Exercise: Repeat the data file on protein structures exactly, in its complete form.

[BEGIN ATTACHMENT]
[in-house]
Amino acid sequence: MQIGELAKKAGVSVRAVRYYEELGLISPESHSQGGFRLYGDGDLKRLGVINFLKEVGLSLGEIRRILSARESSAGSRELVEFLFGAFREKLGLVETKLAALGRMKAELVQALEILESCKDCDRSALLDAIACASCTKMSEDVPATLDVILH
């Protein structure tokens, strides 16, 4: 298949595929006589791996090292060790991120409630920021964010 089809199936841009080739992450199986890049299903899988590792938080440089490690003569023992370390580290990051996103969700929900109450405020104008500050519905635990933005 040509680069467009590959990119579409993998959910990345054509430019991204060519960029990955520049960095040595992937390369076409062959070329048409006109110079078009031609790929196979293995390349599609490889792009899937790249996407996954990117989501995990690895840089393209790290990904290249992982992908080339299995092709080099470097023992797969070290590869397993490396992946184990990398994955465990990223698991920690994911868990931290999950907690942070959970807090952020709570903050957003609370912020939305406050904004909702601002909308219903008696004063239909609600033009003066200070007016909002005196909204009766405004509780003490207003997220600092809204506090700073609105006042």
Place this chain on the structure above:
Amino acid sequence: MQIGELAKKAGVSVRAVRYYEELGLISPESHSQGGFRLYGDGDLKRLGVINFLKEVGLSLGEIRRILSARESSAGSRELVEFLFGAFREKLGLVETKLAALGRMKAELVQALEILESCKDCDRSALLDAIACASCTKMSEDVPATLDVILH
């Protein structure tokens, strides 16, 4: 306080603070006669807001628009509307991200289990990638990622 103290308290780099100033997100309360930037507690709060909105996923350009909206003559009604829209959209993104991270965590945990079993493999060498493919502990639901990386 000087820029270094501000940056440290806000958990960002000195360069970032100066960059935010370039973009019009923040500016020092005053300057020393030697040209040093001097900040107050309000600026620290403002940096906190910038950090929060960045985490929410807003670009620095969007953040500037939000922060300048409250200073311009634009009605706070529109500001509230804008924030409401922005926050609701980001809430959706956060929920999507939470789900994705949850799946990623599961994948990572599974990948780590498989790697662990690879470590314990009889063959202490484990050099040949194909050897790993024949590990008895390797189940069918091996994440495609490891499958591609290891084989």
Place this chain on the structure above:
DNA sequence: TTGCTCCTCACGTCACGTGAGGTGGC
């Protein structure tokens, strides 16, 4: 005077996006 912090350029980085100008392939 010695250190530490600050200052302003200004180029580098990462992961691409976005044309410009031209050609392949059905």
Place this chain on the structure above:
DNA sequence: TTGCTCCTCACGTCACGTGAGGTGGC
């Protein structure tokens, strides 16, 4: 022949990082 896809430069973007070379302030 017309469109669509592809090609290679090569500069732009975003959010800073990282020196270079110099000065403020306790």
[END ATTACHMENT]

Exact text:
[in-house]
Amino acid sequence: MQIGELAKKAGVSVRAVRYYEELGLISPESHSQGGFRLYGDGDLKRLGVINFLKEVGLSLGEIRRILSARESSAGSRELVEFLFGAFREKLGLVETKLAALGRMKAELVQALEILESCKDCDRSALLDAIACASCTKMSEDVPATLDVILH
């Protein structure tokens, strides 16, 4: 298949595929006589791996090292060790991120409630920021964010 089809199936841009080739992450199986890049299903899988590792938080440089490690003569023992370390580290990051996103969700929900109450405020104008500050519905635990933005 040509680069467009590959990119579409993998959910990345054509430019991204060519960029990955520049960095040595992937390369076409062959070329048409006109110079078009031609790929196979293995390349599609490889792009899937790249996407996954990117989501995990690895840089393209790290990904290249992982992908080339299995092709080099470097023992797969070290590869397993490396992946184990990398994955465990990223698991920690994911868990931290999950907690942070959970807090952020709570903050957003609370912020939305406050904004909702601002909308219903008696004063239909609600033009003066200070007016909002005196909204009766405004509780003490207003997220600092809204506090700073609105006042």
Place this chain on the structure above:
Amino acid sequence: MQIGELAKKAGVSVRAVRYYEELGLISPESHSQGGFRLYGDGDLKRLGVINFLKEVGLSLGEIRRILSARESSAGSRELVEFLFGAFREKLGLVETKLAALGRMKAELVQALEILESCKDCDRSALLDAIACASCTKMSEDVPATLDVILH
């Protein structure tokens, strides 16, 4: 306080603070006669807001628009509307991200289990990638990622 103290308290780099100033997100309360930037507690709060909105996923350009909206003559009604829209959209993104991270965590945990079993493999060498493919502990639901990386 000087820029270094501000940056440290806000958990960002000195360069970032100066960059935010370039973009019009923040500016020092005053300057020393030697040209040093001097900040107050309000600026620290403002940096906190910038950090929060960045985490929410807003670009620095969007953040500037939000922060300048409250200073311009634009009605706070529109500001509230804008924030409401922005926050609701980001809430959706956060929920999507939470789900994705949850799946990623599961994948990572599974990948780590498989790697662990690879470590314990009889063959202490484990050099040949194909050897790993024949590990008895390797189940069918091996994440495609490891499958591609290891084989």
Place this chain on the structure above:
DNA sequence: TTGCTCCTCACGTCACGTGAGGTGGC
């Protein structure tokens, strides 16, 4: 005077996006 912090350029980085100008392939 010695250190530490600050200052302003200004180029580098990462992961691409976005044309410009031209050609392949059905």
Place this chain on the structure above:
DNA sequence: TTGCTCCTCACGTCACGTGAGGTGGC
């Protein structure tokens, strides 16, 4: 022949990082 896809430069973007070379302030 017309469109669509592809090609290679090569500069732009975003959010800073990282020196270079110099000065403020306790």